For Aquinas the "act" of creation is not a kind of medium between God and creatures by which God brings creatures into existence. With respect to God, the act of creation is God himself: "Creation signified actively means the divine action, which is God's essence."(64) With respect to the creature, creation does not signify the passive reception of something since, in the event of creation (unlike the event of motion or change where, for example, a piece of clay can acquire a new shape), there is no passive potentiality already somehow "there" to receive the new actuality. Creation in the creature rather implies only "a certain relation to the Creator as to the principle of its being."(65) This is, of course, a real and indispensable relationship for the creature since, without it, it would cease to exist. On God's part, however, there is no added or intervening relationship. God is immediately and most intimately present to the creature as the source of its being.(66) Any relationship somehow "added on" to God's existence would only diminish God's immanence in the creature since it would make God a being of the same order as the created thing and so unable to be the source of its being and so most intimately present to it.(67)
Likewise, when we think of God as somehow "infusing" the already existing creature with additional qualities or goodness, this act on God's part can be nothing other than God's essence which is his existence. On the part of the creature, however, this act may be characterized as a "participation" in God arising from God's efficient causality:
[I]f the proper activity of any thing is found in another thing, then that thing must of necessity possess this activity from a participation of the other thing [ex participatione alterius] as an effect possesses something from [its] cause.(68)
In particular, God's action in creatures can be seen as a participation in God's power:
[O]f the perfections coming to things from the first cause, there is something that reaches all things, even down to generable and corruptible things, namely, being. But there is something that does not reach effects insofar as they are effects but only causes insofar as they are causes, namely power. Hence the participation of power [participatio virtutis] reaches as far as nature, which has the character of a principle.(69)
And the creature's action, in turn, can be seen as a product of this participation:
Now, whatever abundantly participates a characteristic proper to some thing becomes like it not only in form but also in action. ... Because form is the principle of action, everything that acquires its action from an abundant participation of the infusion of a higher agent [ex abundanti participatione influxus superioris agentis] must have two actions: one according to its proper form, another according to a form participated from the higher agent, as a heated knife cuts according to its proper form but burns insofar as it is heated.(70)
4.2. Divine causality and the causality of creatures
4.2.1. The influence of the first cause on secondary causes
The relative roles of the first cause and the second cause in producing an effect are analyzed in some detail in the first proposition of The Book of Causes. Aquinas agrees with its basic teaching that the "remote cause is more powerfully the cause of a thing than the proximate cause that follows it." The Book of Causes explains that "the first cause aids the second cause in its activity, because the first cause also effects every activity that the second cause effects, although it effects it in another way [which is] higher and more sublime."(71)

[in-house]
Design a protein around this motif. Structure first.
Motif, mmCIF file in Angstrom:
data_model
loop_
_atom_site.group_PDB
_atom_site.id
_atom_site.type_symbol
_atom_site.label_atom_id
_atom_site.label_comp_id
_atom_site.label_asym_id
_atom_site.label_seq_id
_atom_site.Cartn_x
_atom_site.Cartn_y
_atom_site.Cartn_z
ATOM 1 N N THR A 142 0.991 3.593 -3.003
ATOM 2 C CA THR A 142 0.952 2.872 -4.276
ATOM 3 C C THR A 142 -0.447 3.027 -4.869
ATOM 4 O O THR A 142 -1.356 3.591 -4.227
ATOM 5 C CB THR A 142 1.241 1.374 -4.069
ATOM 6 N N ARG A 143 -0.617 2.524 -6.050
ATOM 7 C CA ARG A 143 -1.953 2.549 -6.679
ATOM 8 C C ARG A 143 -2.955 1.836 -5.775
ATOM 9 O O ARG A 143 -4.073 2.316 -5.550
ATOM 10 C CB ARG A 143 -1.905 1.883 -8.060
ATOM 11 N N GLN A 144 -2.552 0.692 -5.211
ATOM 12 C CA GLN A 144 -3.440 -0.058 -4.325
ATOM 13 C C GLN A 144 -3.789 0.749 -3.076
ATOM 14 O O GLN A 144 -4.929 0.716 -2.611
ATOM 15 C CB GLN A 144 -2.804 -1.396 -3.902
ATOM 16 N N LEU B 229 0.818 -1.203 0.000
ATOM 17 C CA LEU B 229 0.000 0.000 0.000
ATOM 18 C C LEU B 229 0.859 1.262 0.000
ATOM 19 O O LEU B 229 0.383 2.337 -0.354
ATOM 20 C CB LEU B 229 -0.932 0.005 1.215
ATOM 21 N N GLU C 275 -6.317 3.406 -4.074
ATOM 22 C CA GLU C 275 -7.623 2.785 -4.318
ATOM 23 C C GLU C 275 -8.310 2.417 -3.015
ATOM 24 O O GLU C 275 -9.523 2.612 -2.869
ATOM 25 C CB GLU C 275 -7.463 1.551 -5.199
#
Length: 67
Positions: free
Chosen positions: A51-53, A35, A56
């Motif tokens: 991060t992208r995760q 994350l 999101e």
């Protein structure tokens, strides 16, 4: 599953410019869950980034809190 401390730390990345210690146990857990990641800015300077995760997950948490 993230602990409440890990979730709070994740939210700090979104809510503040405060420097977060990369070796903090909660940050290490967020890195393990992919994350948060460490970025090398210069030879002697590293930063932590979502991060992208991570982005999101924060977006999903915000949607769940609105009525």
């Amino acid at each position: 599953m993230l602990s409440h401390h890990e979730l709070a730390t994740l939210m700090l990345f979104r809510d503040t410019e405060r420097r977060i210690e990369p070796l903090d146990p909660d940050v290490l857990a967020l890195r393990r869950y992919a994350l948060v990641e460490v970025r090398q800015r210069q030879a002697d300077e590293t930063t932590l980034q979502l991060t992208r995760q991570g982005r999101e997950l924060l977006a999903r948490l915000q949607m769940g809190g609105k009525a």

Aquinas describes more explicitly the relation of the first cause to the activity of the second cause: "[T]he activity by which the second cause causes an effect is caused by the first cause, 'for the first cause aids the second cause,' making it to act. Therefore, the first cause is more a cause than the second cause of that activity in virtue of which an effect is produced by the second cause."(72) Aquinas notes that Proclus proves this principle "more explicitly" than The Book of Causes. Proclus points out that, because a second cause has its own substance from the first cause, it likewise has its power to act from the first cause. Since that power produces the effect, the fact that "the second cause is the cause of its effect is due to the first cause" and the first cause is therefore "more the cause of the effect than the second cause."(73) Here, it is clear that the effect is produced by both the first and the second cause, but it is due primarily to the first cause which is the source of the substance and activity of the second.
4.2.2. The influence of the first cause and secondary causes in the creation and governance of the universe
The universe of The Book of Causes, as we have noted,(74) is a Neoplatonic world with four levels of being: the first cause, intelligences, souls, and material things. In Proposition 2, the different levels are defined in terms of their relationship to eternity. The relative causal influences of these different realms can be seen in Proposition 3, where the activity of a divine soul, the animator of a heavenly body, is related to that of the intelligences and the first cause.
The first activity of divine soul is to provide for nature. This activity is called "divine" since it participates the power of the first cause. Aquinas explains that the divine soul provides for nature "inasmuch as it is the principle of the first motion to which all nature is subject." It exercises this activity "through the power that it participates from the first cause, which is the universal cause of all things, from which it gains a certain universal causality over natural things." God's power is exemplified in this soul in that "just as God is the universal cause of all beings, so that soul is the universal cause of natural things that are in motion."(75)